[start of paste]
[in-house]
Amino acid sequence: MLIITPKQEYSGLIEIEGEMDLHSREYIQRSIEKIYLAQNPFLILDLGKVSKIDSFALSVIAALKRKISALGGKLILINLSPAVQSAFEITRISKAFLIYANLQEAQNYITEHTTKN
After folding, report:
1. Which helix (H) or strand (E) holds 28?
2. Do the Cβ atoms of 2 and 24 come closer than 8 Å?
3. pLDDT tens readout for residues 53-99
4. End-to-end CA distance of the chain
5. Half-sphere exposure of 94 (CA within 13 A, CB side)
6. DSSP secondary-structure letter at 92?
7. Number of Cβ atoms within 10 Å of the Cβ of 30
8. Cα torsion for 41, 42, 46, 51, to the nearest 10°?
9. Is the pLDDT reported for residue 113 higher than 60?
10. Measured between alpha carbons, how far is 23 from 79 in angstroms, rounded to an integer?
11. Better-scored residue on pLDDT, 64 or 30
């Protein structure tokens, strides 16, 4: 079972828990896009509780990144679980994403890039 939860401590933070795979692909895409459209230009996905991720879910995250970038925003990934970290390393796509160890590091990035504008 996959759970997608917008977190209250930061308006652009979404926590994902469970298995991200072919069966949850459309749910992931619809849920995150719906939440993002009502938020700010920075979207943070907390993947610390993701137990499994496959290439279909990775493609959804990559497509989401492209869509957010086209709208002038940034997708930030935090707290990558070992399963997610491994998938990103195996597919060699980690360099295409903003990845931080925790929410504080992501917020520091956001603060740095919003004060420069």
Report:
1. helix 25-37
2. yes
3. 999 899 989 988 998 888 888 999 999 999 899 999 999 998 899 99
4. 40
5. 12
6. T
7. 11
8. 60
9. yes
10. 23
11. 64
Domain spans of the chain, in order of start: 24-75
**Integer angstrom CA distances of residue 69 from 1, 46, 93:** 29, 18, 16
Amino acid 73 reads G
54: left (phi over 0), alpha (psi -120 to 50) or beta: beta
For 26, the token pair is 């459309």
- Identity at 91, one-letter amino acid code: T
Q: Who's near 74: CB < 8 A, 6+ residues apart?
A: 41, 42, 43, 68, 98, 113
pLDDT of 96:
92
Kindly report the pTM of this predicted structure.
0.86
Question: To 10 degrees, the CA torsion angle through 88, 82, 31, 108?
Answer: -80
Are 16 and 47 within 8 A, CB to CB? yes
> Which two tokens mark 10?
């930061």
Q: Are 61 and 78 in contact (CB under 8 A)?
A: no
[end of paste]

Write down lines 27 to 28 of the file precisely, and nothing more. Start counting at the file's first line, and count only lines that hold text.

11. 64
Domain spans of the chain, in order of start: 24-75